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Prior to the passage of California’s End of Life Option Act, physicians like Dr. Charity Dean were worried they could run afoul of the law by providing medically assisted suicide.

Paul Wellman (file)

Prior to the passage of California’s End of Life Option Act, physicians like Dr. Charity Dean were worried they could run afoul of the law by providing medically assisted suicide.


Report Tallies Assisted Suicide’s First Half-Year


The first report on California’s End of Life Option Act counted 258 terminally ill individuals statewide who initiated the process of ending their own lives in the last six months of 2016. Of that number, 191 were approved by their physicians and issued life-ending prescriptions; 111 actually took their own lives. The newly released numbers do not include a county-by-county breakdown, but at least one Santa Barbara cancer patient was given — and took — a fatal overdose of secobarbital sodium. Statewide, an additional 21 died before taking the drug.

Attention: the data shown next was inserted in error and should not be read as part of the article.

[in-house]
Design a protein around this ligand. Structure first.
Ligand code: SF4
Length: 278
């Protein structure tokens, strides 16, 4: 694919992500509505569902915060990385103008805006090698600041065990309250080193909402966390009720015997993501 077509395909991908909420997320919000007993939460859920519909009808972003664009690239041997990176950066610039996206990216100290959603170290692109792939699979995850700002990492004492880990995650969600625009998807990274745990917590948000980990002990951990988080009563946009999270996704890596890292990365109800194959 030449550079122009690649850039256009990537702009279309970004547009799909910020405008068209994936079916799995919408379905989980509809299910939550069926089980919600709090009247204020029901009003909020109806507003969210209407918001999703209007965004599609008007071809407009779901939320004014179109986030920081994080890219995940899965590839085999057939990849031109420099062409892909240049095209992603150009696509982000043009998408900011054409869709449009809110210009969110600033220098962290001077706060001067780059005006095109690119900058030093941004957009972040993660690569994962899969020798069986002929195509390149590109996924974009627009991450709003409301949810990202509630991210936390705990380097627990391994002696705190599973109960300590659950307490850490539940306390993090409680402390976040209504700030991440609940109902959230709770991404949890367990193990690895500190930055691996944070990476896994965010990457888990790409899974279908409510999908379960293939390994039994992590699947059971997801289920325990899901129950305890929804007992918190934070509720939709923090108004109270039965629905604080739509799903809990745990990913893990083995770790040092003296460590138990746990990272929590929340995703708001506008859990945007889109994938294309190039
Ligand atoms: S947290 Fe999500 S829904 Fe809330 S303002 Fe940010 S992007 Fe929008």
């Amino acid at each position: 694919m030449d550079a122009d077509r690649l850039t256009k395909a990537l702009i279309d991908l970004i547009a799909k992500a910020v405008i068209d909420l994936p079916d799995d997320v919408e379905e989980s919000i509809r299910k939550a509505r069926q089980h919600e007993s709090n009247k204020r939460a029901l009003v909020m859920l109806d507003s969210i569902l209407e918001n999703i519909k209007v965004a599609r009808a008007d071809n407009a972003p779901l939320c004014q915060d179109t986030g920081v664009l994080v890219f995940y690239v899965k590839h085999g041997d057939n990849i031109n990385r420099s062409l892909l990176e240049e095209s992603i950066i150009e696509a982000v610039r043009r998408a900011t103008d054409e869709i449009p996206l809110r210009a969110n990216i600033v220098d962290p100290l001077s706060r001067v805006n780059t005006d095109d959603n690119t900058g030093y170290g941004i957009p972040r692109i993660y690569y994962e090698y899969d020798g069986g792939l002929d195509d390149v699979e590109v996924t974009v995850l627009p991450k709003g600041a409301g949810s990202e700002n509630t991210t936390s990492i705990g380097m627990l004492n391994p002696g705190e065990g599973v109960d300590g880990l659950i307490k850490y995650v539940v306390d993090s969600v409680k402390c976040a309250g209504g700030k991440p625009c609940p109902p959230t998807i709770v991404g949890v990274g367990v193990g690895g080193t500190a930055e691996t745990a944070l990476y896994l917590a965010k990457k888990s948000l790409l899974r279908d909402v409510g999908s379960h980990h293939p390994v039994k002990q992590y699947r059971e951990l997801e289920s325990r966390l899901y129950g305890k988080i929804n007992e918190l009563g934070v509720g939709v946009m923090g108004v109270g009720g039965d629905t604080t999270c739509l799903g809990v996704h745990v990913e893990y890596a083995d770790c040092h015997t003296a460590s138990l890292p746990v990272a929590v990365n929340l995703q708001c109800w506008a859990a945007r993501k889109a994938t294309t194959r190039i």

The majority of those opting out — 58.6 percent — were suffering from various forms of cancer. After that, the largest group suffered from neurotransmitter diseases like Parkinson’s. Mirroring the experience of Oregon, which has allowed physician-assisted suicide for some time, the vast majority of Californians to avail themselves of the new law — 90 percent — were white and more than half had college degrees or more.

The law allows individuals given only six months to live to seek an overdose prescription. They must be tested for mental competence and psychiatric soundness, must ask at least two times — with a 15-day gap in between — and get a second opinion from someone other than their personal physician.



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